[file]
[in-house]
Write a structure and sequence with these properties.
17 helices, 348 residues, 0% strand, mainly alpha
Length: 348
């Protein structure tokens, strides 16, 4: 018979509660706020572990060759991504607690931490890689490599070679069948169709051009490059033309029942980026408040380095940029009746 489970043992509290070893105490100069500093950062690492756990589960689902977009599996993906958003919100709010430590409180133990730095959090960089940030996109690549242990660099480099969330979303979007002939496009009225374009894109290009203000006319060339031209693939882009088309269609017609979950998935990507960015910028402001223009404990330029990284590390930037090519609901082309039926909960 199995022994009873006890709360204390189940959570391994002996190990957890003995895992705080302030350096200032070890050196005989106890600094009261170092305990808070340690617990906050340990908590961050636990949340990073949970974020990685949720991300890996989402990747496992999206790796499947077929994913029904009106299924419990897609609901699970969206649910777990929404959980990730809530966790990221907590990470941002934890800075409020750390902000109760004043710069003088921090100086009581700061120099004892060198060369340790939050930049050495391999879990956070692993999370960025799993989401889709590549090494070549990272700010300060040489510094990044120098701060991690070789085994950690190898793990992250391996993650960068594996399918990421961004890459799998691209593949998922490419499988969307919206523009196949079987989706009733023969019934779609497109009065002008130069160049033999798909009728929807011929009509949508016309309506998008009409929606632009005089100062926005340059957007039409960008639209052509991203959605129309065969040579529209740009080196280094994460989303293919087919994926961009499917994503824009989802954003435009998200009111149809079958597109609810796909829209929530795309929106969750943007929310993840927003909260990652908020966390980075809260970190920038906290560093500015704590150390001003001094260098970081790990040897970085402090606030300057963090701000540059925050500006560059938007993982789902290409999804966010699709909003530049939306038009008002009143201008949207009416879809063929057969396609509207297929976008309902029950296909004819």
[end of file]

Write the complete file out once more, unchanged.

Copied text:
[in-house]
Write a structure and sequence with these properties.
17 helices, 348 residues, 0% strand, mainly alpha
Length: 348
């Protein structure tokens, strides 16, 4: 018979509660706020572990060759991504607690931490890689490599070679069948169709051009490059033309029942980026408040380095940029009746 489970043992509290070893105490100069500093950062690492756990589960689902977009599996993906958003919100709010430590409180133990730095959090960089940030996109690549242990660099480099969330979303979007002939496009009225374009894109290009203000006319060339031209693939882009088309269609017609979950998935990507960015910028402001223009404990330029990284590390930037090519609901082309039926909960 199995022994009873006890709360204390189940959570391994002996190990957890003995895992705080302030350096200032070890050196005989106890600094009261170092305990808070340690617990906050340990908590961050636990949340990073949970974020990685949720991300890996989402990747496992999206790796499947077929994913029904009106299924419990897609609901699970969206649910777990929404959980990730809530966790990221907590990470941002934890800075409020750390902000109760004043710069003088921090100086009581700061120099004892060198060369340790939050930049050495391999879990956070692993999370960025799993989401889709590549090494070549990272700010300060040489510094990044120098701060991690070789085994950690190898793990992250391996993650960068594996399918990421961004890459799998691209593949998922490419499988969307919206523009196949079987989706009733023969019934779609497109009065002008130069160049033999798909009728929807011929009509949508016309309506998008009409929606632009005089100062926005340059957007039409960008639209052509991203959605129309065969040579529209740009080196280094994460989303293919087919994926961009499917994503824009989802954003435009998200009111149809079958597109609810796909829209929530795309929106969750943007929310993840927003909260990652908020966390980075809260970190920038906290560093500015704590150390001003001094260098970081790990040897970085402090606030300057963090701000540059925050500006560059938007993982789902290409999804966010699709909003530049939306038009008002009143201008949207009416879809063929057969396609509207297929976008309902029950296909004819």